Your Ultimate Guide to Whale Watching in Iceland

Whale Watching in Iceland

blog authorBy Johanna Sigurðardóttir shield verificationVerified Expert

    Whales can be found all along the Icelandic coast all year round, which is why whale watching in Iceland is such a popular activity. But do you know where to go whale watching in Iceland? Or when is the best time to see whales in Iceland?

    Whether you intend to try to spot these magnificent creatures by yourself or going on a whale watching tour in Iceland, there are a few important things to know before planning your trip. This article can serve as your ultimate guide to whale watching here on the island.

    whale watching iceland

    The Best Time to See Whales in Iceland

    As we already mentioned, whales can be found all across the island all year round, but for the ultimate whale watching tours and sightseeing in Iceland, we highly recommend that you visit the island during Iceland’s whale watching season. This is between April and September each year, when many migratory whale species also make Iceland their home.

    The Types of Whales You Can Spot on a Whale Safari in Iceland

    If you come whale watching in Iceland, you might just get a glimpse of one of these magnificent creatures:


    Orcas really grabbed people’s attention after the movie Free Willy. The Orca that played the lead in that movie originally comes from Iceland, and you’ll get to see plenty of his relatives still dwelling in these waters. They can grow to be 10 meters long and weigh 10 tons, and they usually make for an exciting sighting, since these guys travel in large pods of up to 40 whales.

    Iceland killer whales

    Harbor Porpoises

    Harbor Porpoises are one of the smallest whale species you’ll find along the Icelandic coast, reaching up to just 1.5 meters in length and weighing up to just 60 kilograms (which means that you might literally be able to weigh more than a whale *ouch!).

    These guys are incredibly shy creatures and spotting one of them is extremely rare even though they generally tend to live close to the shore. At least this fact means that if they do appear, you’ll be able to spot them from the shore, and don’t necessarily need to go on a boat tour to tick them off your whale watching list.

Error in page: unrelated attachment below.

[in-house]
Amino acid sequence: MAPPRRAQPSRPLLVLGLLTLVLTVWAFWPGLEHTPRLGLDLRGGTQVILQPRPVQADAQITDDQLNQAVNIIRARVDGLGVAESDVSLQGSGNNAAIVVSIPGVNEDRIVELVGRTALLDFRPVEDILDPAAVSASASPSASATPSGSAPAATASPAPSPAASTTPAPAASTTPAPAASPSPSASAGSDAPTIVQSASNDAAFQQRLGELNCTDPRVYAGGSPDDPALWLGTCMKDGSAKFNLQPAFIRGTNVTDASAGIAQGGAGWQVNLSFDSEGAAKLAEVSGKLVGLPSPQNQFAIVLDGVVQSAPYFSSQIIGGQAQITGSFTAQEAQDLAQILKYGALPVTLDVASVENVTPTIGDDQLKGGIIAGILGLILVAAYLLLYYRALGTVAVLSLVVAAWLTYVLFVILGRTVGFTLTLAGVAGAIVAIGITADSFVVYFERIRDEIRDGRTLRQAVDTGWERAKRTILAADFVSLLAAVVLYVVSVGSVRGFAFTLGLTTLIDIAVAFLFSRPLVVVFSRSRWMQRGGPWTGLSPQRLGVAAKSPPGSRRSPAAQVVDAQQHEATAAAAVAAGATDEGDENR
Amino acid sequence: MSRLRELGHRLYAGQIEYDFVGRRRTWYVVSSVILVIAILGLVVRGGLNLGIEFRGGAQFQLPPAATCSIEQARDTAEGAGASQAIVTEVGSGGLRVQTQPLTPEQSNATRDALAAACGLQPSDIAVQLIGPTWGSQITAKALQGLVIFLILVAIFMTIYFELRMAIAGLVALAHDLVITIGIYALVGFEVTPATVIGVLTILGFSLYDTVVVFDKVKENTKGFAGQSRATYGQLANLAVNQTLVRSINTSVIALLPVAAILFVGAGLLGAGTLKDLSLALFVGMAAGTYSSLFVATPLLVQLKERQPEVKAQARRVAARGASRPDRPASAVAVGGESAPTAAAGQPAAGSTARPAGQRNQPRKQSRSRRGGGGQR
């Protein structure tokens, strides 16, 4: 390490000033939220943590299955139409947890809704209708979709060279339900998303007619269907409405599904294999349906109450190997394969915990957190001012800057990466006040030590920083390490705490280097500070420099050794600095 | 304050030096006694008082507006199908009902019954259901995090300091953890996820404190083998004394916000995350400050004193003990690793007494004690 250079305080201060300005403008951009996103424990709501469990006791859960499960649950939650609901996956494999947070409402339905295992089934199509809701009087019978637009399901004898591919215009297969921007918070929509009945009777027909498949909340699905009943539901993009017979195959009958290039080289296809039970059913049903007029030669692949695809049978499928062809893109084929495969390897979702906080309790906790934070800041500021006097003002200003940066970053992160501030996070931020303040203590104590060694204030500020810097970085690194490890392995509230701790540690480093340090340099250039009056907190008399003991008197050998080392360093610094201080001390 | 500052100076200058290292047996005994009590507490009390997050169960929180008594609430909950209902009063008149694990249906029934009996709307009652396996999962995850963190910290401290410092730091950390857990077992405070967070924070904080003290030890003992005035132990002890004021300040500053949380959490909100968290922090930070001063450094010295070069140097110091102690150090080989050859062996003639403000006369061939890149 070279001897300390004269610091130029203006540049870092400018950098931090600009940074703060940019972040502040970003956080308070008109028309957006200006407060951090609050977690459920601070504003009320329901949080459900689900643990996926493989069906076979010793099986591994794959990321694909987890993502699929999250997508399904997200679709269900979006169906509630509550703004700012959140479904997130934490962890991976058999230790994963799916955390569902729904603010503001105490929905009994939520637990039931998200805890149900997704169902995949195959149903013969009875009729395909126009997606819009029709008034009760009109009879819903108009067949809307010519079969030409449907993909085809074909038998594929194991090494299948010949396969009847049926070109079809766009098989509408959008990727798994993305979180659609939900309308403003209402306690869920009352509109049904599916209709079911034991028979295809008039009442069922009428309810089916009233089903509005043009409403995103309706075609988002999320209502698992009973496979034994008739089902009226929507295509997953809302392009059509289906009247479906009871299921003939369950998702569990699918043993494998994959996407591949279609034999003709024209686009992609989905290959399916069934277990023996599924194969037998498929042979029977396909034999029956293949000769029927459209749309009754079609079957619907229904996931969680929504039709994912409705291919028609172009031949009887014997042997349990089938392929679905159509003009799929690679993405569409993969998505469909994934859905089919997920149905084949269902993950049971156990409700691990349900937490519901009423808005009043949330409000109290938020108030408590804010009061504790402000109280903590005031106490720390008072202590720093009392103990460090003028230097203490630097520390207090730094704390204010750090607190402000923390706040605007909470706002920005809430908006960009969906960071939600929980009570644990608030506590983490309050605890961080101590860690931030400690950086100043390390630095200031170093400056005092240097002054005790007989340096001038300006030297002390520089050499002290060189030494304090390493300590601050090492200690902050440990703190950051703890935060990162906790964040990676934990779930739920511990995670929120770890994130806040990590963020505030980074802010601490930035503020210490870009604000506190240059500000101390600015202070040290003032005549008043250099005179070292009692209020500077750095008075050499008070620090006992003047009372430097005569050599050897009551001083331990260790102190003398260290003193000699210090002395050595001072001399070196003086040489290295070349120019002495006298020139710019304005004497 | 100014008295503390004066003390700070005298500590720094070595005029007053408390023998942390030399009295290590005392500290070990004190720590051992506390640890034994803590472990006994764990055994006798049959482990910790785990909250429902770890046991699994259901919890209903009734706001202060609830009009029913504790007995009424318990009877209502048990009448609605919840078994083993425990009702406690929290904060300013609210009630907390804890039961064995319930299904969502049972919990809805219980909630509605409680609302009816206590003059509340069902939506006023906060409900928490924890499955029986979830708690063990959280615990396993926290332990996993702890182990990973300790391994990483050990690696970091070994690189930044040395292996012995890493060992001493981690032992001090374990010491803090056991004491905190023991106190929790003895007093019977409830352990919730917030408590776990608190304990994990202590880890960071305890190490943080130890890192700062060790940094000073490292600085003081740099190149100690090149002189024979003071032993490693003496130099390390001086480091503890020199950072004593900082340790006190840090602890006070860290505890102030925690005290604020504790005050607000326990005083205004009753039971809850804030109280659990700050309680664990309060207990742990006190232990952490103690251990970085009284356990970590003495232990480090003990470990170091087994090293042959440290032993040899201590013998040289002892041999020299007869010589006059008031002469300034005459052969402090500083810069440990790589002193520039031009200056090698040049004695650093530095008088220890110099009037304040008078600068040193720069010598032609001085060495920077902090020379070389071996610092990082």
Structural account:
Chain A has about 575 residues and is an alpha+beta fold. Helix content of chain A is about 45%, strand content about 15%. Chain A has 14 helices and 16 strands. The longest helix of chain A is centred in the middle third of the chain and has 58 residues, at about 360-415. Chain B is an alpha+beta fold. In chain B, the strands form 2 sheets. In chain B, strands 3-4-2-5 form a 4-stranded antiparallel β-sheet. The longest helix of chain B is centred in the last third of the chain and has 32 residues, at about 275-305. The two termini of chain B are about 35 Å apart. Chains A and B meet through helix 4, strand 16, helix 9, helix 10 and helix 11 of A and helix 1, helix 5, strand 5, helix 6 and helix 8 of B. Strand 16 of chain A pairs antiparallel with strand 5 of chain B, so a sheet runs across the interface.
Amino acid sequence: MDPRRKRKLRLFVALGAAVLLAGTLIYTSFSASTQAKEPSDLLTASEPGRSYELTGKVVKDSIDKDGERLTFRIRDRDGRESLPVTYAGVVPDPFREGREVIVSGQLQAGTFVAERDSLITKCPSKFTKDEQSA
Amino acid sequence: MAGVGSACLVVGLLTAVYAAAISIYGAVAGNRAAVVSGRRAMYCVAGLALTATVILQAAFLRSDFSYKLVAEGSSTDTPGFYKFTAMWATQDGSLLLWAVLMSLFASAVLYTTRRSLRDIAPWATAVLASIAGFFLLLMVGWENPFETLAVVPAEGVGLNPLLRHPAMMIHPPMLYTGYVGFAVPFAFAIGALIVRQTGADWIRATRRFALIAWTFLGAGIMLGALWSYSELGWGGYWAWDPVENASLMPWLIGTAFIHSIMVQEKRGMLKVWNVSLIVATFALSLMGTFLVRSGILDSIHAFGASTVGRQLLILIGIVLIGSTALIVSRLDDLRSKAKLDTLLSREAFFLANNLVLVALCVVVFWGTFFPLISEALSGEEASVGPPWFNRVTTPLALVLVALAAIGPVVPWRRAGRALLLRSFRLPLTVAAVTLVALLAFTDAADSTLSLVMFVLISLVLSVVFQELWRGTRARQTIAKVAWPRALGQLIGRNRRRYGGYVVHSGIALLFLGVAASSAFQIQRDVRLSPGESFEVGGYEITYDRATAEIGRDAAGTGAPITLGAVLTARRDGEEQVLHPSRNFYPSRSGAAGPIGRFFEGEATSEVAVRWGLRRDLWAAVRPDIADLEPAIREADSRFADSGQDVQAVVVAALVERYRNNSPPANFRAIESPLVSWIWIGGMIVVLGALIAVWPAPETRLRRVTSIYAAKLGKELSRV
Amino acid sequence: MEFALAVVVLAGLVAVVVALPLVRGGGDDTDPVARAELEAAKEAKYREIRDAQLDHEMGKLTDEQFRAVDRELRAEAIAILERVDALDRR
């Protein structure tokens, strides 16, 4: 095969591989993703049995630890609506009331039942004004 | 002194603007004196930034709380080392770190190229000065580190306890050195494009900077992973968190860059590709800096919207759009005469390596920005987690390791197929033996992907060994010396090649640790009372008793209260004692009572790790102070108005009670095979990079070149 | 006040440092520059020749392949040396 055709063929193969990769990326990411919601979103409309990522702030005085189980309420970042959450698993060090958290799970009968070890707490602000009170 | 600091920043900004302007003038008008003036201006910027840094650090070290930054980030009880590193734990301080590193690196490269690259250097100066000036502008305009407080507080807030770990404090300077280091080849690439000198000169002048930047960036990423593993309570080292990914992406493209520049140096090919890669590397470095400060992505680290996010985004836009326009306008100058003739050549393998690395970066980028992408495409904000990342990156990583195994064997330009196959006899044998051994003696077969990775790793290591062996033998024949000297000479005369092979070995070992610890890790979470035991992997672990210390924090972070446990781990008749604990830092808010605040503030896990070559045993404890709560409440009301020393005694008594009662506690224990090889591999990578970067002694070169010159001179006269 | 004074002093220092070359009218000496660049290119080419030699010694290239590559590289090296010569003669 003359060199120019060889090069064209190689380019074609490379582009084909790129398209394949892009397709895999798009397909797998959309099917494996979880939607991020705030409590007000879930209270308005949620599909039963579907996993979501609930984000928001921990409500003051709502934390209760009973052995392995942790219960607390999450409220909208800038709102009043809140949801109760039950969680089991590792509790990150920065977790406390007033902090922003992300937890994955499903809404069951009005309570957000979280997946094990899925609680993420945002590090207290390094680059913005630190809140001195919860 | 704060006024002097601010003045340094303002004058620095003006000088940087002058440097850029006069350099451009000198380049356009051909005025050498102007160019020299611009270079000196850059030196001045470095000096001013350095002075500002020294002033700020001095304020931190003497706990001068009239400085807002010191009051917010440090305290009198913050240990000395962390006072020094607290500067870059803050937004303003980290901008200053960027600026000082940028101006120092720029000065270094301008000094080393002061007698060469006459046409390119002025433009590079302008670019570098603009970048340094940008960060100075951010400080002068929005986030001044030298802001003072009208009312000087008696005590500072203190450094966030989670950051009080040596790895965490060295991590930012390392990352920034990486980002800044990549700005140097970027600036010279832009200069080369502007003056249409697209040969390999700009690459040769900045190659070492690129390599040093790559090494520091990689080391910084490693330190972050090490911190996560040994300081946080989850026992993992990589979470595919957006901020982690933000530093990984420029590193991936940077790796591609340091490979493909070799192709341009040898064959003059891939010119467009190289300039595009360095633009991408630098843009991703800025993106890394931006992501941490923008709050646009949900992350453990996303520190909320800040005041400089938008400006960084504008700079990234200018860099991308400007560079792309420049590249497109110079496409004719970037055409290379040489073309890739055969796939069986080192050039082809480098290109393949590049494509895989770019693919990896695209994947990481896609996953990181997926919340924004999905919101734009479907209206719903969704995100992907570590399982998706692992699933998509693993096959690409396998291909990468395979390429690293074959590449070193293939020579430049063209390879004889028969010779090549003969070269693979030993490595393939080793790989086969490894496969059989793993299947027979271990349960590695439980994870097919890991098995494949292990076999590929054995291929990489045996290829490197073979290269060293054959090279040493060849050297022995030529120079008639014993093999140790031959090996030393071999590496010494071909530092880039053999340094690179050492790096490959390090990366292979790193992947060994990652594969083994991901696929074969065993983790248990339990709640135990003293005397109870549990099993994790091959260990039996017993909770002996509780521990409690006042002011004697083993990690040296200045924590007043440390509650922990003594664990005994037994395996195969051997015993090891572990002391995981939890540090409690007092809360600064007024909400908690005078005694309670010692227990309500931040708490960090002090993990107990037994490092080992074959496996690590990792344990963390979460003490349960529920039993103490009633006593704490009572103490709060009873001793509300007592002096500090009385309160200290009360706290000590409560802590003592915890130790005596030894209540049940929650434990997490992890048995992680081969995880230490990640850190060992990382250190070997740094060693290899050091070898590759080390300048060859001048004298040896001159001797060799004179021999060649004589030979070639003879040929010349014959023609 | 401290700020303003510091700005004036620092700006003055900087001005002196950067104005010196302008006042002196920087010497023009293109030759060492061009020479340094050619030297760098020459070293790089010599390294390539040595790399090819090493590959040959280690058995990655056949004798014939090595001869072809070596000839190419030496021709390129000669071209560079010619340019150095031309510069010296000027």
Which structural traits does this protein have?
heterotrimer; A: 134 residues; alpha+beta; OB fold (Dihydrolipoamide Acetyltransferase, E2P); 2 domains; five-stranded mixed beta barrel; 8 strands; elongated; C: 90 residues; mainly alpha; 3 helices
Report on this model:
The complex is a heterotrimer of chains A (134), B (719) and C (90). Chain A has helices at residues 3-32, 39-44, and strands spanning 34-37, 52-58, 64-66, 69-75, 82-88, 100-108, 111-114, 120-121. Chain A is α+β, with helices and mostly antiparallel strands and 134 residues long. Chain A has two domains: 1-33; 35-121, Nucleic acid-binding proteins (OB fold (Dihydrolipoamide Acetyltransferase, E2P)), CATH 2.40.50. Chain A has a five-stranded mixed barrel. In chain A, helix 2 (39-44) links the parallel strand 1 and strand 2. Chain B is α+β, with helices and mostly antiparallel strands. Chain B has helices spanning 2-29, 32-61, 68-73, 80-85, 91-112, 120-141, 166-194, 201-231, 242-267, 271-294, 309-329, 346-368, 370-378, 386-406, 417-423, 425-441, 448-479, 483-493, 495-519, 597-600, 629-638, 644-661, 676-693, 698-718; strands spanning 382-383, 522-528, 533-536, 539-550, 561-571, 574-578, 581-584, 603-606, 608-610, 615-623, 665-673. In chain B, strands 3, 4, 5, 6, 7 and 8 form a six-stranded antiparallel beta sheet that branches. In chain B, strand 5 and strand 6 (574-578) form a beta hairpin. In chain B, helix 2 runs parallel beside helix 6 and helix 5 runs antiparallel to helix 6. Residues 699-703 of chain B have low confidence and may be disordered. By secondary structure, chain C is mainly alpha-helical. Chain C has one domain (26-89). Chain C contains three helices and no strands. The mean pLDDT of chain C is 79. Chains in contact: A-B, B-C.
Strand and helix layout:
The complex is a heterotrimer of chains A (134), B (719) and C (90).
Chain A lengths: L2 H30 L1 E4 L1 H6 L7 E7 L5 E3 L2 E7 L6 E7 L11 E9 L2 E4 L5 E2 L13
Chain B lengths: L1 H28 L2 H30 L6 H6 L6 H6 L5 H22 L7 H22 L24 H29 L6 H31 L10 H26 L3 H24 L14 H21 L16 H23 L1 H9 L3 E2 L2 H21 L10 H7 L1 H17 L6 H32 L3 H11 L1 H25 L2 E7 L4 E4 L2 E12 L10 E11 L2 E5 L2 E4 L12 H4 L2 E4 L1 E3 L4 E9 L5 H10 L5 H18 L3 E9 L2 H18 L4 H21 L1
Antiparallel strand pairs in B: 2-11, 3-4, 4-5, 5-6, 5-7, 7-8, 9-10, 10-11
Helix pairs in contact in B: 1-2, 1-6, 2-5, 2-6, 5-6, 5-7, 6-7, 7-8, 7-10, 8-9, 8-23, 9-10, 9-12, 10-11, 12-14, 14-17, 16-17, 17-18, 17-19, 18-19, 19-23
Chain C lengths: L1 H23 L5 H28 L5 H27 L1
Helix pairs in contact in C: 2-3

Harbor Porpoises

    Humpback Whales

    These guys are known to put up quite a show for those on boat tours. These gigantic ocean beasts can grow to weigh up to a staggering 40 tons, which makes watching them play with each other or thrusting themselves out of the water such an impressive sight. Humpback whales are also incredibly curious, which means that they are the most likely of all the whale species to actually come closer to the boats to check out what all the fuss is about.

    Humpback whales

    Minke Whales

    Minke Whales are probably the species that is most seen here in Iceland. This should give you a good idea of how many are cruising around the Icelandic waters since, just like the Harbor Porpoises, they are also a pretty timid species. These guys still make for an impressive sight, since they can grow to be up to 10 meters long and clock in at an astounding 10 tons.

    minke whales

    Pilot Whales

    Pilot Whales are yet another species that are most commonly found here along the coast, but they are slightly smaller than the Minke Whales, clocking in at about 8 meters long and weighing up to 5 tons.

    White-beaked Dolphins

    Don’t let the name fool you; these are actually whales. The reason why some might still confuse them for their dolphin friends is the fact that they don’t grow to be very big (up to just 3 meters long and 275 kilograms).

    Just like the Orcas, they can be found in groups, just in smaller numbers of up to 5. They are extremely social creatures and are often found playing around in the water. And if you’re on a boat tour, the odds of them tagging along in the waves created by the boat are good.

    white beaked dolphins

    Blue Whales

    Spotting a Blue Whale in the ocean is probably the highlight of any whale watching excursion. Blue Whales are the largest whale species on the planet and can grow to be up to 30 meters long and weigh an astounding 200 tons! These guys are also pretty shy, so tend to hide away deeper into the ocean, which just makes seeing them even more special.

    Blue Whale in Iceland

    And a Few More…